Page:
Ken Cuccinelli, the No. 2 official at the Department of Homeland Security, is defending an aggressive federal response to civil rights demonstrations in Portland, Oregon, which has included disturbing detentions described by some as “kidnappings.”
Several top officials in the state are calling for investigations amid growing national concern over Homeland Security’s actions, some of which have been caught on video and widely circulated on social media. Unidentified federal agents in military-style gear have taken to patrolling Portland’s streets in unmarked vans and detaining protesters over allegations of property damage and violence.
Asked Friday whether he would support such an investigation, Cuccinelli told NPR, “The more investigations, the better.”
DHS acting Secretary Chad Wolf announced July 1 that a new task force would be formed to enforce President Donald Trump’s executive order on protecting monuments and all federal property, which was signed in late June. The task force ― comprising officers from agencies including Customs and Border Protection and the U.S. Marshals Service ― is conducting “ongoing assessments of potential civil unrest or destruction” so that it can “allocate resources to protect people and property.”
But many in Portland say that the federal officers are only making the city less safe for people to exercise their First Amendment rights.
“The current escalation of fear and violence in downtown Portland is being driven by federal law enforcement tactics that are entirely unnecessary and out of character with the Oregon way,” state Attorney General Ellen Rosenblum said early Saturday morning. Her office is suing DHS, CBP, the U.S. Marshals Service and the Federal Protection Service, arguing that the detentions and enforcement tactics are illegal.
Cuccinelli defended the legality of his department’s actions.
“With as much lawbreaking is going on, we’re seeking to prosecute as many people as are breaking the law as it relates to federal jurisdiction,” he said on NPR.
DHS has outlined dozens of incidents in Portland to justify the presence of federal forces, including damage to federal buildings by fireworks and many instances of graffiti.
Speaking to The New York Times, unnamed officials claimed that legal authority for the response comes from a section of U.S. law that allows DHS to recruit federal officers to help the Federal Protective Service, an agency it oversees that is charged with protecting federal property.
The aggressive response from DHS has sown worries that the department could soon start sending unidentified officers to other cities around the country where anti-racism protests have marched on since the late-May killing of George Floyd, a Black man, by a white Minnesota police officer.
Cuccinelli seemed to confirm those fears, telling NPR, “This is a posture we intend to continue not just in Portland but in any of the facilities that we’re responsible for around the country.”
Protests continued Saturday night as demonstrators gathered outside the the Portland police union’s office. Protesters flipped nearby dumpsters and formed a barricade around the building, The Oregonian reported. Police declared the scene a “riot” and alleged demonstrators set a fire inside the building. Multiple people were taken into custody.
About five miles south, in downtown Portland, protesters dismantled fencing around a park and marched near a courthouse. Federal officers fired tear gas at protesters and struck at least one demonstrator with a baton, according to The Portland Tribune.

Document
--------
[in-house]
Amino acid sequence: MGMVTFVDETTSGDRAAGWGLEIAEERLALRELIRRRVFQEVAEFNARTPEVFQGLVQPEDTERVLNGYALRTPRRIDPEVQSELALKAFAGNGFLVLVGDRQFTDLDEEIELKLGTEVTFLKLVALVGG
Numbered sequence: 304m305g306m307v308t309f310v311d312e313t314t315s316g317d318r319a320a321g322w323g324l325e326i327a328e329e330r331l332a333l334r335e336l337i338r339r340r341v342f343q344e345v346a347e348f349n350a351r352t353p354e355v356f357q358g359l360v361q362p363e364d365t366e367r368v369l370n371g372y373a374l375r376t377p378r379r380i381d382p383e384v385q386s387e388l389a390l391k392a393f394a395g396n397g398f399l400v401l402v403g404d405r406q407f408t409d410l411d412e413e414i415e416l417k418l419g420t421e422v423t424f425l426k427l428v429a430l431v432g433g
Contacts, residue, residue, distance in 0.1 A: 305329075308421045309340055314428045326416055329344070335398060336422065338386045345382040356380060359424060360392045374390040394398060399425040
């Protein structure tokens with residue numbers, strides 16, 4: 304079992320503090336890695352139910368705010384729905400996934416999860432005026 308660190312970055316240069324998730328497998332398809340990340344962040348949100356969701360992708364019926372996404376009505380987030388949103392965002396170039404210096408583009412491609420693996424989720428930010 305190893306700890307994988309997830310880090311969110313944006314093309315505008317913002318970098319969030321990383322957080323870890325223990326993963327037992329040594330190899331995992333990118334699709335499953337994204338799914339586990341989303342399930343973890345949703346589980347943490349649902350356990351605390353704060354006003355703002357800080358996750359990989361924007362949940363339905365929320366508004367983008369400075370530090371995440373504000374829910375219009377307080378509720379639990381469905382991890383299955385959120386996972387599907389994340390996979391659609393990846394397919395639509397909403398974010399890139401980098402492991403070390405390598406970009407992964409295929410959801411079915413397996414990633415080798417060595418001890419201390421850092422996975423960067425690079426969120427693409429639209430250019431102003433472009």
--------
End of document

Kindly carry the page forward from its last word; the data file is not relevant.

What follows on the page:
Opposition to the aggressive DHS response has been driven by alarming anecdotes and images posted to social media. One protester, Mark Pettibone, described being grabbed by federal officers with generic “police” badges and forced into an unmarked gray van, according to Oregon Public Broadcasting. Pettibone said he was brought to a federal courthouse the officers said they were in charge of protecting, and released after around 90 minutes after he refused to answer questions. Last week, a federal officer was caught on video shooting a projectile at a protester’s head, causing severe injury.
U.S. Attorney for Oregon Billy Williams said Friday that he had requested an inspector general investigation into the DHS actions, supported by both of the state’s senators and two of its representatives.
The American Civil Liberties Union, which has deployed legal observers to the Portland protests, promised this week to sue.
“Usually when we see people in unmarked cars forcibly grab someone off the street we call it kidnapping — what is happening now in Portland should concern everyone in the US,” the civil rights group said in a statement. “These actions are flat-out unconstitutional and will not go unanswered.”
Trump on Sunday appeared to defend the deployment of federal officers to Portland.
“We are trying to help Portland, not hurt it,” the president tweeted, claiming the city’s leadership had “lost control of the anarchists and agitators.”
“We must protect Federal property, AND OUR PEOPLE,” he added. “These were not merely protesters, these are the real deal!”
Hayley Miller contributed reporting.
How to vote
Vote-by-mail ballot request deadline: Varies by state
For the Nov 3 election: States are making it easier for citizens to vote absentee by mail this year due to the coronavirus. Each state has its own rules for mail-in absentee voting. Visit your state election office website to find out if you can vote by mail.Get more information
In-person early voting dates: Varies by state
Sometimes circumstances make it hard or impossible for you to vote on Election Day. But your state may let you vote during a designated early voting period. You don't need an excuse to vote early. Visit your state election office website to find out whether they offer early voting.My Election Office
General Election: Nov 3, 2020
Polling hours on Election Day: Varies by state/localityMy Polling Place